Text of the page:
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    Lords of the Realm II

    Game » consists of 2 releases. Released 1996

    Short summary describing this game.

    Lords of the Realm II last edited by janardana on 05/14/18 01:47PM View full history

    Lords of the Realm II is the sequel to the game Lords of the Realm. It is a turn based strategy game with real time combat. When playing against the computer, combat can be paused using the space button.

    The game takes place in medieval times. The king is dead, and has no heir; it's up to you to defeat all the others vying for the throne to take it for yourself.

    At the game set up, players can choose their shield (color), enter a name for themselves, and select a preset map. They can also control the quality of the starting counties, the size of any starting castles and armies, and the starting money. Players can also turn foraging armies on or off, which causes armies passing through lands to eat food there, or not. This allows players to set up a quick game, or to set out for an epic.

    The game uses a variety of resources. Your armies are drafted from peasants, which also do all your work for you. They collect iron, stone, and wood, which are used for defense. They also work the fields of grain and cattle, which provide food, and reclaim any land that has been destroyed by flooding, scorched by drought, or destroyed by invading armies. Happiness affects the rate of growth in your county.

    Crowns are the unit of currency, which is used to purchase goods and supplies from wandering merchants and pay wages to your army and any mercenaries in it.

    The wood and iron are used to make weapons, which are then equipped to the peasants you draft for your armies. Players can build bows, maces, swords, pikes, crossbows, and knights, each with a different cost and benefit. For example, macemen are cheap and lightly armored, but fast. Crossbowmen are more accurate than bowmen, and better suited to killing heavily armored targets like knights. The player can simply draft peasants and not equip them with any weapons; they appear on the combat map with pitchforks and no armor. This can be an effective shield for your more important units that you spent time and resources equipping, because arrows are absorbed by the first unit they encounter.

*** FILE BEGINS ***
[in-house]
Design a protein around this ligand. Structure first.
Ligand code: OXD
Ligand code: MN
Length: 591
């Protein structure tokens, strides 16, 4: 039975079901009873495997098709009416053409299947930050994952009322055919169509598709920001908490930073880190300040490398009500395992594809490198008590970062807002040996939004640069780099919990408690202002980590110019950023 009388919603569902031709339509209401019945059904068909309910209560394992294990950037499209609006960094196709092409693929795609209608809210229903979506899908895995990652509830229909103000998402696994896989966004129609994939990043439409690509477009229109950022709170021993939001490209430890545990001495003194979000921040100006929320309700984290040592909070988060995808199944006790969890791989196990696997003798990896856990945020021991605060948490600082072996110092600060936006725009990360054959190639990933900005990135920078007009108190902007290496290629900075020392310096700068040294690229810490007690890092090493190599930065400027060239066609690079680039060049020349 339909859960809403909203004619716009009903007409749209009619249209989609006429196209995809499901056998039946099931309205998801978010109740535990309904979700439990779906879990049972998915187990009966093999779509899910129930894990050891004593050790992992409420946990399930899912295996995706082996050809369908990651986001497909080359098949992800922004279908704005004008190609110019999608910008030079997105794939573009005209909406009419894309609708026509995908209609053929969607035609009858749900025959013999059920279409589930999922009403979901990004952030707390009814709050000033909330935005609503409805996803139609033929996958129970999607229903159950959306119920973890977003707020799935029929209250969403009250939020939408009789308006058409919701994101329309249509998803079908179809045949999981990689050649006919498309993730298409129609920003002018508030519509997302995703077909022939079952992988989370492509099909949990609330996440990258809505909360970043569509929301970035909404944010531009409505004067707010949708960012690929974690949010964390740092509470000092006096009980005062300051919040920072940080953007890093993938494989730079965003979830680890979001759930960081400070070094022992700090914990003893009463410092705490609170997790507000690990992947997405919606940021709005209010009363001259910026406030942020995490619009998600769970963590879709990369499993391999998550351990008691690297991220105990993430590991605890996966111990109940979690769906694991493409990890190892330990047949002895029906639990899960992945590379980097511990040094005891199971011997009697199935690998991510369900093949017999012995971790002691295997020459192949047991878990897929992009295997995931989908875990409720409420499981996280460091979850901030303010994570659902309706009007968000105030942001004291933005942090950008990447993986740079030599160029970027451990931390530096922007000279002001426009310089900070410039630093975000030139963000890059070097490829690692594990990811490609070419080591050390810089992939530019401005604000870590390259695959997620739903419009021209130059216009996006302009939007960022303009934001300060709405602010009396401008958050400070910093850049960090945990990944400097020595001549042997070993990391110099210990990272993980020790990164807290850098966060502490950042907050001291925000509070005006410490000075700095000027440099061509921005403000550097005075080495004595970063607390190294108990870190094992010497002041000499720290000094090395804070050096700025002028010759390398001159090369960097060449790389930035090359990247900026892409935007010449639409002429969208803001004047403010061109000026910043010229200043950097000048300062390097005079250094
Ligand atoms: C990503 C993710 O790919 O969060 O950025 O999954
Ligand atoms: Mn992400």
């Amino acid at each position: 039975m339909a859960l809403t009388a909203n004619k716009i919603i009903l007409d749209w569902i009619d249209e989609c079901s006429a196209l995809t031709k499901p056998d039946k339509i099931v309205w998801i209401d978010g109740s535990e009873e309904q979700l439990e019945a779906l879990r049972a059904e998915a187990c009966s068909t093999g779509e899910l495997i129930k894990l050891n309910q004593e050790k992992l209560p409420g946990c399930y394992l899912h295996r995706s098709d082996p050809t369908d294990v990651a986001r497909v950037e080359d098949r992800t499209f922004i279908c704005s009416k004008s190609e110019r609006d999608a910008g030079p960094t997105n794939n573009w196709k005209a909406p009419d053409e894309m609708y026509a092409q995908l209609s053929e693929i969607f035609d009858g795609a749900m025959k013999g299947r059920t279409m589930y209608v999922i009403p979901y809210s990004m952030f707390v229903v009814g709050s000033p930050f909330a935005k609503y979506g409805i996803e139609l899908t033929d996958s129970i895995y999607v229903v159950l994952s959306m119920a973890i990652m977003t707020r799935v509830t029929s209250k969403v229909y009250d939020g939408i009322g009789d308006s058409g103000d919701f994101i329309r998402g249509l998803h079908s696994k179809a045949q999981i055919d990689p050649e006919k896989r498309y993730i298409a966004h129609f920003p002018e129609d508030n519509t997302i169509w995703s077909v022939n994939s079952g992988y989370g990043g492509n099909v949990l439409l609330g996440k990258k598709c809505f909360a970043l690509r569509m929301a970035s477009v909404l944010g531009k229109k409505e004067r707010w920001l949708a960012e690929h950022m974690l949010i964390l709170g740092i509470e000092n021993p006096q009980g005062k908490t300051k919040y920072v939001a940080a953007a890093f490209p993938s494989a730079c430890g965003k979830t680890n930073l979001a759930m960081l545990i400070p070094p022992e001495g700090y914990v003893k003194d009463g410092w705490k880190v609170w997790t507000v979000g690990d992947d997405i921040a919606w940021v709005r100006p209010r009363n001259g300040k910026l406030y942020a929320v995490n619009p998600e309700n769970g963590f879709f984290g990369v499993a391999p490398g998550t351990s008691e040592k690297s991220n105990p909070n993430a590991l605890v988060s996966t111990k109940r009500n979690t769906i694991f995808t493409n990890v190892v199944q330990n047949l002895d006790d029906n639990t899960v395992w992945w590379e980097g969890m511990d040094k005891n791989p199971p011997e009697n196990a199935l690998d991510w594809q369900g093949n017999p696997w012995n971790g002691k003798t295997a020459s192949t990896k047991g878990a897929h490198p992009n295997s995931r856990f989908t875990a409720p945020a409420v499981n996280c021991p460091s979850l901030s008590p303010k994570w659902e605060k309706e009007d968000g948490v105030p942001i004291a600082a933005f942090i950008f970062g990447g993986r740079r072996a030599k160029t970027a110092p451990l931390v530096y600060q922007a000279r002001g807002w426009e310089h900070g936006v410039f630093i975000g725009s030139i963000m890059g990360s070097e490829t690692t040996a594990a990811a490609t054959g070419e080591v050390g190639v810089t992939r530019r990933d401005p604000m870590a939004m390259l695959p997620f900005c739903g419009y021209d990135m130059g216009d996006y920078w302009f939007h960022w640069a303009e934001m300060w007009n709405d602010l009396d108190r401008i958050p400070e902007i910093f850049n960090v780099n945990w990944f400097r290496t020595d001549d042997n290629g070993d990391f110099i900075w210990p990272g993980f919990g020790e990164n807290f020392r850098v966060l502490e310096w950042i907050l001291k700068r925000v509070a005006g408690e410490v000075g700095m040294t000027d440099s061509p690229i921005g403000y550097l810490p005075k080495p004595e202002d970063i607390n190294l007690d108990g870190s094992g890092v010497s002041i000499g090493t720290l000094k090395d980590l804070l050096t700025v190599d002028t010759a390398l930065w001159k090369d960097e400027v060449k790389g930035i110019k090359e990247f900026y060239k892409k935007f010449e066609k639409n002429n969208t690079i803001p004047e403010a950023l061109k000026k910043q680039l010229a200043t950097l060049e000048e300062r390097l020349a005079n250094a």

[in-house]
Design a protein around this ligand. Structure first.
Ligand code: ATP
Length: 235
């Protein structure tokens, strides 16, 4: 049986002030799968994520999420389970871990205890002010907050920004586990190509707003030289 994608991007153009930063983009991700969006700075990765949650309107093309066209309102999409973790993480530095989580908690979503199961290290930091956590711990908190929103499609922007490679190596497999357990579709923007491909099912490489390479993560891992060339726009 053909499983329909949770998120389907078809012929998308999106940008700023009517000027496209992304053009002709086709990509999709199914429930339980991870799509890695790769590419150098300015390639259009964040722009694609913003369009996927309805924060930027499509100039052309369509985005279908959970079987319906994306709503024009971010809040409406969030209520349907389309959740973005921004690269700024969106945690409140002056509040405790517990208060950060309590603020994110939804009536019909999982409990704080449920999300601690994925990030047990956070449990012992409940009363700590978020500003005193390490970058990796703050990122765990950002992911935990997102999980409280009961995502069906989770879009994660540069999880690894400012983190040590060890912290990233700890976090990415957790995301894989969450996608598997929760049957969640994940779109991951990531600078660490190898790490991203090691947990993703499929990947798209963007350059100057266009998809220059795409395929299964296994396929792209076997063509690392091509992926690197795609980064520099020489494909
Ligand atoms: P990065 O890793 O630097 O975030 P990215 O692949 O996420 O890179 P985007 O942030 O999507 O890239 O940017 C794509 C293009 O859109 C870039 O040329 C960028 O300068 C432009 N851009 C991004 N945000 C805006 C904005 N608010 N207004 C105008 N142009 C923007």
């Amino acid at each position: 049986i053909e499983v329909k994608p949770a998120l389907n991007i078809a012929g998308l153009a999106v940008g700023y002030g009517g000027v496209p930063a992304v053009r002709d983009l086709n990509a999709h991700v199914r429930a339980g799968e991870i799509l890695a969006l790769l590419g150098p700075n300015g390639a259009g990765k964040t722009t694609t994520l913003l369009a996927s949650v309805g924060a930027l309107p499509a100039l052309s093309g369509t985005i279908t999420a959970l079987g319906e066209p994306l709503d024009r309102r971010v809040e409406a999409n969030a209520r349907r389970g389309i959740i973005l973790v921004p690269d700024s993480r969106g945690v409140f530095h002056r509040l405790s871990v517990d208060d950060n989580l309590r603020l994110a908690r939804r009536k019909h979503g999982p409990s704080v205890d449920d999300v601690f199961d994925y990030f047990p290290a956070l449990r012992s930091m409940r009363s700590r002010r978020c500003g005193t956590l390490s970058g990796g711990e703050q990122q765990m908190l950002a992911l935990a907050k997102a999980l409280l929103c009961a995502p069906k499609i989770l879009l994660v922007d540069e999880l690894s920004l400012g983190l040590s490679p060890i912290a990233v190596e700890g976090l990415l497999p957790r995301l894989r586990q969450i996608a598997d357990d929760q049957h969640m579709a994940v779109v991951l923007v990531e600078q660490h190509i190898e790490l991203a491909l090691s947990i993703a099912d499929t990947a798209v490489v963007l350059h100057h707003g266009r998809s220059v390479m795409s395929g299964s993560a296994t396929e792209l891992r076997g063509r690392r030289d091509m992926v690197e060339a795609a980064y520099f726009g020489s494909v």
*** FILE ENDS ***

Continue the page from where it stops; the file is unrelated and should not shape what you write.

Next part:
Wood and stone are used to build castles, which act as the primary defense for a county. To conquer a county, if a castle is present, the castle must be sieged and captured. The castle can be conquered by either killing all the units, or capturing a flag located within the castle. If there is no castle present, or if the castle is not occupied, then the county is captured by marching to the town and killing the peasants that meet you on the field of battle. The number of peasants that meet you in combat is directly related to the size of the county.

    Large counties have small villages pop up around them. These villages contain some of the population for the county. They can be burned to reduce the population in a county, which can ease conquest or serve as direct population control for your peasants.

    Armies can be raised from the peasant population, and travel on the world map. If possible, they will follow roads, which allow travel three times faster than through the grass. Traveling through the grass is necessary to burn crops and destroy cattle.

    Combat takes place on a separate map. When two armies meet on the field, they fight on a randomly selected stock map. These maps have some strategic obstructions like rivers, trees, and occasionally stones. When an enemy army reaches a castle, a siege commences, which allows the army to build siege equipment. Siege towers (which allow units to walk up walls), catapults (which break down walls), and battering rams (which break down gates) can be built. When all the siege equipment qued by the player is built, or immediately if none was built, the armies fight.

    A player wins when they have eliminated all their adversaries. There are four stock computer opponents the player encounters each game, each with slightly different AI.

    The Knight - The knight tends to keep his people unhappy, and aims to win through military might.

    The Baron - The baron is described as calculating, and usually runs a good economy.

    The Bishop - The Bishop usually has moderately well equipped armies.

    The Countess - The countess uses the rudimentry diplomacy in the game, but will stab her allies in the back quite overtly.

    The diplomacy was very rudimentry. It allowed sending insults to anger the computer, and compliments to appease them. You could also make "alliances", which carried little weight and would inevitably be broken because there can be only one king. You could also send gifts of money, although small gifts would be belittled by your ungrateful adversaries. Diplomacy had little function within the game, but did allow for character to show, as the knight would make threats as you burned his lands, and the countess would dismiss you when she was through with the alliance.

    The fairly large number of maps allowed for quite some replay value, as did the variety of strategic options available to players, although longbows were often quite good and cheap. A solid economy was the ultimate key to success in this game.


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